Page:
the story of a king who became a slave and found the woman he loved in the process,

only to kill her and their unborn child to save them from slavery. In Haywood’s

Fantomina (1724), a young noblewoman sets off on a sexual adventure full of disguises

and intrigue. And in Manley’s The Wife’s Resentment (1720), a young woman takes

revenge against her unfaithful husband with a gruesome murder. These early novels

influenced later gothic tales, with virtuous damsels in distress and monstrous villains out

to destroy them.

In early British literature, I love the classics—but especially the stories with

In my own sub-specialty of eighteenth-century British literature, I love the early

I think these various loves in more traditional literature—monsters, heroes, strong

women, and gothic settings—are all parts of what have influenced my love of urban

fantasy and horror. I love seeing many of the same tropes and ideas in more recent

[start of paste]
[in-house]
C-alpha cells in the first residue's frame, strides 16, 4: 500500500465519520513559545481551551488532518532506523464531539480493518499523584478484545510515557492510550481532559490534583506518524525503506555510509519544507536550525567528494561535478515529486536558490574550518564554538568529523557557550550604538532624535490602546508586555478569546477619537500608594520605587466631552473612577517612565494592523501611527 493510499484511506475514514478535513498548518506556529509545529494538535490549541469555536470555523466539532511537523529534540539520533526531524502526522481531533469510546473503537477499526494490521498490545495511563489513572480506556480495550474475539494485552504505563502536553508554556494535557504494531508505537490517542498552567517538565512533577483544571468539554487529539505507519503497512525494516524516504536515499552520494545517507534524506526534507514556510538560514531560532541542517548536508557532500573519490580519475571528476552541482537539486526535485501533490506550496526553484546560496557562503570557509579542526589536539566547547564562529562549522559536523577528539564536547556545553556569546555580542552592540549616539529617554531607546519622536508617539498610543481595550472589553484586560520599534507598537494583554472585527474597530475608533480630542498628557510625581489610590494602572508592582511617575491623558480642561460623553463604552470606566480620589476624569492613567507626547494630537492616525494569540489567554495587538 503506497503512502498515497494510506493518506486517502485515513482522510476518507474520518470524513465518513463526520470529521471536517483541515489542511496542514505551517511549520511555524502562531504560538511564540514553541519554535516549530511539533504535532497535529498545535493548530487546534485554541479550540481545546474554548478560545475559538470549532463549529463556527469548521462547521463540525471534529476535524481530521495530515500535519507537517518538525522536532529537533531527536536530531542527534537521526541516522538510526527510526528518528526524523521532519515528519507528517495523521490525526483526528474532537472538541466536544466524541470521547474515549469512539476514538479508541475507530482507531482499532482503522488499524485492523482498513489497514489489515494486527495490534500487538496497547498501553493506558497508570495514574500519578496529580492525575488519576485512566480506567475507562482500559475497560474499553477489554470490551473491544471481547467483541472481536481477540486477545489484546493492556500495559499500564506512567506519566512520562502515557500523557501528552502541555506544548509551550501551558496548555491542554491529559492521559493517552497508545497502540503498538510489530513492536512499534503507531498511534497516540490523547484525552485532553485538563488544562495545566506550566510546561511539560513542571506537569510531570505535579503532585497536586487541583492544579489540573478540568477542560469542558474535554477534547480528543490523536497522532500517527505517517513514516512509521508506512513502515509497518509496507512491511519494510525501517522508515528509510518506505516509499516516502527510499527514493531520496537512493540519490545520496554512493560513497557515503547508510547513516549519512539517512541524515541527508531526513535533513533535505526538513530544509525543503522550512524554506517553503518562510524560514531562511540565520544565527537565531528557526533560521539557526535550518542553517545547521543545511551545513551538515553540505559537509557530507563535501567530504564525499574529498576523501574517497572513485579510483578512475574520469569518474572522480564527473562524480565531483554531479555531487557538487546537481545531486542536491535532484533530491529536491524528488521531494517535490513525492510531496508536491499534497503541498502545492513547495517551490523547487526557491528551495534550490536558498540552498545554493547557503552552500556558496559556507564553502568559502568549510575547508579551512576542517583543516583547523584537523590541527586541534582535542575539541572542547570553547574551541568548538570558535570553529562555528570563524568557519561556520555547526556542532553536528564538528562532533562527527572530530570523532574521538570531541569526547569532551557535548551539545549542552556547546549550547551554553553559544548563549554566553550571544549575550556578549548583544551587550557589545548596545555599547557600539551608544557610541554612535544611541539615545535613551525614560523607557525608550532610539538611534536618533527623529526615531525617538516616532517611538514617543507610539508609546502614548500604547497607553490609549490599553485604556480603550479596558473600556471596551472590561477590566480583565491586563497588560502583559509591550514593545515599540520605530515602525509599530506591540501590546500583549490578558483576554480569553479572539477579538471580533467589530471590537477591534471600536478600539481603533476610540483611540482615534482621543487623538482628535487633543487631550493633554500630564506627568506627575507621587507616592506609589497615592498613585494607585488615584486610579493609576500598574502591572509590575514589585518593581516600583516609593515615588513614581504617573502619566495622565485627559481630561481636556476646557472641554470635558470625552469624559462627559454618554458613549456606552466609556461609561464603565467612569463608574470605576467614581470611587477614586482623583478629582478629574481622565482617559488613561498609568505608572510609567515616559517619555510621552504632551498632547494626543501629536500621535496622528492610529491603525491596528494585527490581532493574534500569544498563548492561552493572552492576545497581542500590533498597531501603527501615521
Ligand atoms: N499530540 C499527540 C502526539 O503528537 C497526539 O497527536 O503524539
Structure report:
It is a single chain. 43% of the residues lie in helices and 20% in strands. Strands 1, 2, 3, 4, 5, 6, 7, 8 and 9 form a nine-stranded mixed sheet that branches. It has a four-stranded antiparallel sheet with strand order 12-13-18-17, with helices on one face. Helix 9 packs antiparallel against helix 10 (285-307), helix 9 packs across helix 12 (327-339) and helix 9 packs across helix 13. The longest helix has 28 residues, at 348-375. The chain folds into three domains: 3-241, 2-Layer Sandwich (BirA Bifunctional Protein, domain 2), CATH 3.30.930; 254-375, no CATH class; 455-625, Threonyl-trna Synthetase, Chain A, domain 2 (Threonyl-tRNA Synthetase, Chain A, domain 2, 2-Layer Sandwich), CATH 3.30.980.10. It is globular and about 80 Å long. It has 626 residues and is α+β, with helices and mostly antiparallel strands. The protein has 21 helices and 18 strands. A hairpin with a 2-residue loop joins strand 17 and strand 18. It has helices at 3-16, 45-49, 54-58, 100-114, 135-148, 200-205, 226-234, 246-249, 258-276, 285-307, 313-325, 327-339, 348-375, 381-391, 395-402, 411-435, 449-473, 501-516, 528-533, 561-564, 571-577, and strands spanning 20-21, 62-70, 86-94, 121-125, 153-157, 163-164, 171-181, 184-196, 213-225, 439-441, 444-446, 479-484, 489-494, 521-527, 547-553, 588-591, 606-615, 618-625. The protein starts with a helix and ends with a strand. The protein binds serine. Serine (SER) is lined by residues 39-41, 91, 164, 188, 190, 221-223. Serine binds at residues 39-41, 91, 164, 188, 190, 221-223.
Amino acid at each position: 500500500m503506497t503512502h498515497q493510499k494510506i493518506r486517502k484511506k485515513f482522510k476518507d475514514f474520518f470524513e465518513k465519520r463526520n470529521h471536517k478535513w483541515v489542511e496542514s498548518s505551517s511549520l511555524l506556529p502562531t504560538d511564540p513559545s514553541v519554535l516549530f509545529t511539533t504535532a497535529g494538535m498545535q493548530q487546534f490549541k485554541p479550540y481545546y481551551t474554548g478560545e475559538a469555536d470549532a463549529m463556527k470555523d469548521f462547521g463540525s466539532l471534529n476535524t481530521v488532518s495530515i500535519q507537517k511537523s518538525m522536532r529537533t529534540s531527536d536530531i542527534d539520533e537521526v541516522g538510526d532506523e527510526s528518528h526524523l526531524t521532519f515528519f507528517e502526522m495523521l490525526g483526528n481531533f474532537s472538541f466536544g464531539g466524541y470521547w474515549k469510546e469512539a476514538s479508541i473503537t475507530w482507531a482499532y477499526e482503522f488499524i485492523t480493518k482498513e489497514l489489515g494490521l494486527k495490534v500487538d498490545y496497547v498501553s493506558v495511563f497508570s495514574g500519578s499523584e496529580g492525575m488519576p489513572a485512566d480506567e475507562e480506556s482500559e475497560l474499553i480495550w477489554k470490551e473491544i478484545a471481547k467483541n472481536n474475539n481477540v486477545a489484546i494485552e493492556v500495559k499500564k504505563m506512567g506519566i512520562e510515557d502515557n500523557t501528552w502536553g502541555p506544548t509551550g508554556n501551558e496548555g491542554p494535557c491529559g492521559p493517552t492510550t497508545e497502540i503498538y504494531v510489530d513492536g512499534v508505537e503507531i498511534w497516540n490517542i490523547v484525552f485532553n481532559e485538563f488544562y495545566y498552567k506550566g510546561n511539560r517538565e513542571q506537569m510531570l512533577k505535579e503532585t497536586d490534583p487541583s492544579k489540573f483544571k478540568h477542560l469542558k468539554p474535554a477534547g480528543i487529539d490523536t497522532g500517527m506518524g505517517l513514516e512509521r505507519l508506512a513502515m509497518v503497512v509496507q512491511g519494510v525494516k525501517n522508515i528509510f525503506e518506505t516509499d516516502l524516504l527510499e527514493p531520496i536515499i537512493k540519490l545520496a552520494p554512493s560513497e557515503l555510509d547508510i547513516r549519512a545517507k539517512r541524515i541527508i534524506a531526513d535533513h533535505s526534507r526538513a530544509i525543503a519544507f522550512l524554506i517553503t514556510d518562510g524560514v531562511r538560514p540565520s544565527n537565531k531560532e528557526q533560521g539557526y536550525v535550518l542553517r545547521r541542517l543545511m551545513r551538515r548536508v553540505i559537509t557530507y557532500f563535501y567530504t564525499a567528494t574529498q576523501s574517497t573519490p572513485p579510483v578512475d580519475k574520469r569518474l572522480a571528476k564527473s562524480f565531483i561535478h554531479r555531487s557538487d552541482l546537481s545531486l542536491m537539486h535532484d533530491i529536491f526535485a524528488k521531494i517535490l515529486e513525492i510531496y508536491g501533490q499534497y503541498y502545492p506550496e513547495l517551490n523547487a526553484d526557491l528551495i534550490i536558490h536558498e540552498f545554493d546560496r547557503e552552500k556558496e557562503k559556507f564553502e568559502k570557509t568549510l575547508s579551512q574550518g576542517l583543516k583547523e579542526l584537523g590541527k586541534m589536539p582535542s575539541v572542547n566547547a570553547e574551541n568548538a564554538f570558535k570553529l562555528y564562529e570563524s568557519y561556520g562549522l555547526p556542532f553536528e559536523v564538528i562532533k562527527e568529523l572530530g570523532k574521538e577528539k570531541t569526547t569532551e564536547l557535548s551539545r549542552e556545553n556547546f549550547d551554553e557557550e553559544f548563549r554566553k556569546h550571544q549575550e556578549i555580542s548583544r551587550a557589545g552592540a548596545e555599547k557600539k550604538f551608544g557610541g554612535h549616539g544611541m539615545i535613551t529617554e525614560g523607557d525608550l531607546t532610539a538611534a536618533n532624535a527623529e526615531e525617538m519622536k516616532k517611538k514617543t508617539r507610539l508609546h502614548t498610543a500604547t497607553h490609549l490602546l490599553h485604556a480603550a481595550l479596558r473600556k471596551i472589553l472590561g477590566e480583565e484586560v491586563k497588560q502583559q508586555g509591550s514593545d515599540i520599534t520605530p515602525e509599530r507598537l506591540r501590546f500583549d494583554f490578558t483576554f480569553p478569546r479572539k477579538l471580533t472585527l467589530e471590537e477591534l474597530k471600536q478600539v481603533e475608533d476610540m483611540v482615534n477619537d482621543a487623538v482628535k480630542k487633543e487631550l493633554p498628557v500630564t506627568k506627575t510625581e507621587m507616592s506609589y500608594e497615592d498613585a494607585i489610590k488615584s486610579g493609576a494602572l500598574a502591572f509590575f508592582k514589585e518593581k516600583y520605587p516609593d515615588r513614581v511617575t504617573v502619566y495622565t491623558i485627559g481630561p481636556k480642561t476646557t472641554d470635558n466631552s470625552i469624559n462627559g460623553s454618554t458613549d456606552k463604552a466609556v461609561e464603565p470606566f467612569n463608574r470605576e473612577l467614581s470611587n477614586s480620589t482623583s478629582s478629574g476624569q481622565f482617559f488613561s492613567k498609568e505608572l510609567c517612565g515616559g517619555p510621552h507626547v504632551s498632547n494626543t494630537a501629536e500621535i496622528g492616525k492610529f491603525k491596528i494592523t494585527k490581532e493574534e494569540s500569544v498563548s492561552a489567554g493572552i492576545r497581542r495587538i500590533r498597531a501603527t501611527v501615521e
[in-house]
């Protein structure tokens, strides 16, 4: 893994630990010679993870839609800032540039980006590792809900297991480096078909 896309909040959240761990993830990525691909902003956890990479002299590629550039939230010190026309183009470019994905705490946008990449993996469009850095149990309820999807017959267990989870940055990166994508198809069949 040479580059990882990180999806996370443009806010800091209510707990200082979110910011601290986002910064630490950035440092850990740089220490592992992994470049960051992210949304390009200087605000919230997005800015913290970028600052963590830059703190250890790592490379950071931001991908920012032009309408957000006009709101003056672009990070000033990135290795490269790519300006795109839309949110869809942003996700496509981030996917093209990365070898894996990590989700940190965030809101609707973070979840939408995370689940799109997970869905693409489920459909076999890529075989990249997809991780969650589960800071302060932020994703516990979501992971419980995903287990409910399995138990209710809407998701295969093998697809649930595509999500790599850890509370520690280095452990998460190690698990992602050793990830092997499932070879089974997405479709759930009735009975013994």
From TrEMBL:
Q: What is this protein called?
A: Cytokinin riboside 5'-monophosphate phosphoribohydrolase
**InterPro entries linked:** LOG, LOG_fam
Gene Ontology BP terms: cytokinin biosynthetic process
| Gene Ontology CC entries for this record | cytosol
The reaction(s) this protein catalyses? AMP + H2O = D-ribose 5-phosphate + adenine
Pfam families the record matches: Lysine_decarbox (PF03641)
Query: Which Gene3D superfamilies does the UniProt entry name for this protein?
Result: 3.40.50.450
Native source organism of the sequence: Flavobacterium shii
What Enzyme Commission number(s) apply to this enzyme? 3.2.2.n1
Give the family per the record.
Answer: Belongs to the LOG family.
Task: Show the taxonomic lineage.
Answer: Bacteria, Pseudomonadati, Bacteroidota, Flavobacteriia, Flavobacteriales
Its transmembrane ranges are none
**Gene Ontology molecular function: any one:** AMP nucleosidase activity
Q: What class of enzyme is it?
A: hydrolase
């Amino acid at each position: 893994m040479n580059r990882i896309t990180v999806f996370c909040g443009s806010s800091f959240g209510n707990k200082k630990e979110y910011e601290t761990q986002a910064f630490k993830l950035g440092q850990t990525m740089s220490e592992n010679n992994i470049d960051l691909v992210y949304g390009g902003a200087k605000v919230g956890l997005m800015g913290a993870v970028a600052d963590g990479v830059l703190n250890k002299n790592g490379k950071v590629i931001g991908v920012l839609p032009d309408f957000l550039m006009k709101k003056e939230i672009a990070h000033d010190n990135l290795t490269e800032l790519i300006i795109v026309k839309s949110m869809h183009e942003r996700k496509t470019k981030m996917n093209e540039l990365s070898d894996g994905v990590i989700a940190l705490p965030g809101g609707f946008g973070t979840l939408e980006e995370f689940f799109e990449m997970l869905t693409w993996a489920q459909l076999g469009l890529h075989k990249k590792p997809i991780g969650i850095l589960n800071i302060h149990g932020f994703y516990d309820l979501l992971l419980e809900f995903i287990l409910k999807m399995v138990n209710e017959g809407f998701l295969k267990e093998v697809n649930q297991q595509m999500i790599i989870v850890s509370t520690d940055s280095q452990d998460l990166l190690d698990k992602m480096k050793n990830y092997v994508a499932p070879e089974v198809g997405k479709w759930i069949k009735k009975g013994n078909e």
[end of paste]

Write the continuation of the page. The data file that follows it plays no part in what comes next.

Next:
publications that influenced earlier works, as well.

genre and to time period. But at the moment, here are a few: I love books by Neil

Gaiman, Lois McMaster Bujold, Faith Hunter, Stephen Graham Jones, Ilona Andrews,

Carrie Vaughn, Richelle Mead, Rachel Vincent, Holly Black, Janny Wurts, Jennifer

Estep, Rachel Caine, Patricia Briggs, Janet Evanovich . . . and those are just the ones who

come to mind immediately!

week I finished re-reading Sunshine by Robin McKinley. I re-read this book every year

or two. McKinley does a beautiful job of setting up a world that is almost, but not

exactly, like our own. The eponymous protagonist almost seems to ramble sometimes,

but the voice is perfectly her own and the things she reveals about herself are beautifully

woven back into the plot. Also, the vampires are creepy as all get-out!

As far as favorite authors go, I tend to have lists of favorite authors according to

Also, I just started Holly Luhning’s novel Quiver and am really enjoying it! Last

3. Tell us about your book.

Waking Up Dead is a paranormal mystery. In this novel, when Dallas resident Callie

Taylor died young, she expected to go to Heaven, or maybe Hell. Instead, when she

met her fate early thanks to a creep with a knife and a mommy complex, she went to

Alabama. Now she’s witnessed another murder, and she’s not about to let this one go.

She’s determined to help solve it before an innocent man goes to prison. And to answer

the biggest question of all: why the hell did she wake up in Alabama?

4. Do you have a favorite character in your book? Do fans gravitate towards one character more